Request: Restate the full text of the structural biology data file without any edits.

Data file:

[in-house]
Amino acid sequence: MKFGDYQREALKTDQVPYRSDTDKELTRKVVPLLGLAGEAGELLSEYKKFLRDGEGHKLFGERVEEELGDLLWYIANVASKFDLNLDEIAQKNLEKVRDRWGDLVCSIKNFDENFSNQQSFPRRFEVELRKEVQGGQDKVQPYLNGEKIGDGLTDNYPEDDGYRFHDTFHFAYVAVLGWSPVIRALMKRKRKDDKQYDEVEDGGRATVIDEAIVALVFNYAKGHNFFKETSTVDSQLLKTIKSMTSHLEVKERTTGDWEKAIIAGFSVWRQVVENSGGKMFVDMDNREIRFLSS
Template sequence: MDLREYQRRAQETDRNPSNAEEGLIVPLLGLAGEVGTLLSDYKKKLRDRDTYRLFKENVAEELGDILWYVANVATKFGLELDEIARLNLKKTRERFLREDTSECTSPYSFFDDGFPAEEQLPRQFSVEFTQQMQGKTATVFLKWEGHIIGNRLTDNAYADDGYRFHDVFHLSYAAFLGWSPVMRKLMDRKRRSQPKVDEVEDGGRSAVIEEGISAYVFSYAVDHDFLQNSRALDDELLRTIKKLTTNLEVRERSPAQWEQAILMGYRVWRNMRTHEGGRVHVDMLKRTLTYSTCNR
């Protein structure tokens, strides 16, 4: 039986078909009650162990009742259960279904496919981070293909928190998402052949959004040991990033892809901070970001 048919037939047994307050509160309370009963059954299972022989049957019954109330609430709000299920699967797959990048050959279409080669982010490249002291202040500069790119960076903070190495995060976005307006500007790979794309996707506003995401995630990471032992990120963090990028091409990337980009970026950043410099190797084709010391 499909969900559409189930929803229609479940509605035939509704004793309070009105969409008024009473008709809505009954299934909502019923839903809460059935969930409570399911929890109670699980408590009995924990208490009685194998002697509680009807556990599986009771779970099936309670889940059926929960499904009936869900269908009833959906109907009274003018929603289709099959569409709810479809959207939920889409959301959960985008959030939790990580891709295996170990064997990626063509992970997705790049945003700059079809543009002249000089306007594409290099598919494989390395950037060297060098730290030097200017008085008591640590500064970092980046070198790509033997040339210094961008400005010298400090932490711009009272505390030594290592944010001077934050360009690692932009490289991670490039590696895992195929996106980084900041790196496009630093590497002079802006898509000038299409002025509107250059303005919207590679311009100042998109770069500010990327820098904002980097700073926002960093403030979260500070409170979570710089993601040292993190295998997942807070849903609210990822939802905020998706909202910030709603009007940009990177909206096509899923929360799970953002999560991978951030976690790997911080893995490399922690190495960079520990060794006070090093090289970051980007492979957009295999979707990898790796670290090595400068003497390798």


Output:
[in-house]
Amino acid sequence: MKFGDYQREALKTDQVPYRSDTDKELTRKVVPLLGLAGEAGELLSEYKKFLRDGEGHKLFGERVEEELGDLLWYIANVASKFDLNLDEIAQKNLEKVRDRWGDLVCSIKNFDENFSNQQSFPRRFEVELRKEVQGGQDKVQPYLNGEKIGDGLTDNYPEDDGYRFHDTFHFAYVAVLGWSPVIRALMKRKRKDDKQYDEVEDGGRATVIDEAIVALVFNYAKGHNFFKETSTVDSQLLKTIKSMTSHLEVKERTTGDWEKAIIAGFSVWRQVVENSGGKMFVDMDNREIRFLSS
Template sequence: MDLREYQRRAQETDRNPSNAEEGLIVPLLGLAGEVGTLLSDYKKKLRDRDTYRLFKENVAEELGDILWYVANVATKFGLELDEIARLNLKKTRERFLREDTSECTSPYSFFDDGFPAEEQLPRQFSVEFTQQMQGKTATVFLKWEGHIIGNRLTDNAYADDGYRFHDVFHLSYAAFLGWSPVMRKLMDRKRRSQPKVDEVEDGGRSAVIEEGISAYVFSYAVDHDFLQNSRALDDELLRTIKKLTTNLEVRERSPAQWEQAILMGYRVWRNMRTHEGGRVHVDMLKRTLTYSTCNR
């Protein structure tokens, strides 16, 4: 039986078909009650162990009742259960279904496919981070293909928190998402052949959004040991990033892809901070970001 048919037939047994307050509160309370009963059954299972022989049957019954109330609430709000299920699967797959990048050959279409080669982010490249002291202040500069790119960076903070190495995060976005307006500007790979794309996707506003995401995630990471032992990120963090990028091409990337980009970026950043410099190797084709010391 499909969900559409189930929803229609479940509605035939509704004793309070009105969409008024009473008709809505009954299934909502019923839903809460059935969930409570399911929890109670699980408590009995924990208490009685194998002697509680009807556990599986009771779970099936309670889940059926929960499904009936869900269908009833959906109907009274003018929603289709099959569409709810479809959207939920889409959301959960985008959030939790990580891709295996170990064997990626063509992970997705790049945003700059079809543009002249000089306007594409290099598919494989390395950037060297060098730290030097200017008085008591640590500064970092980046070198790509033997040339210094961008400005010298400090932490711009009272505390030594290592944010001077934050360009690692932009490289991670490039590696895992195929996106980084900041790196496009630093590497002079802006898509000038299409002025509107250059303005919207590679311009100042998109770069500010990327820098904002980097700073926002960093403030979260500070409170979570710089993601040292993190295998997942807070849903609210990822939802905020998706909202910030709603009007940009990177909206096509899923929360799970953002999560991978951030976690790997911080893995490399922690190495960079520990060794006070090093090289970051980007492979957009295999979707990898790796670290090595400068003497390798």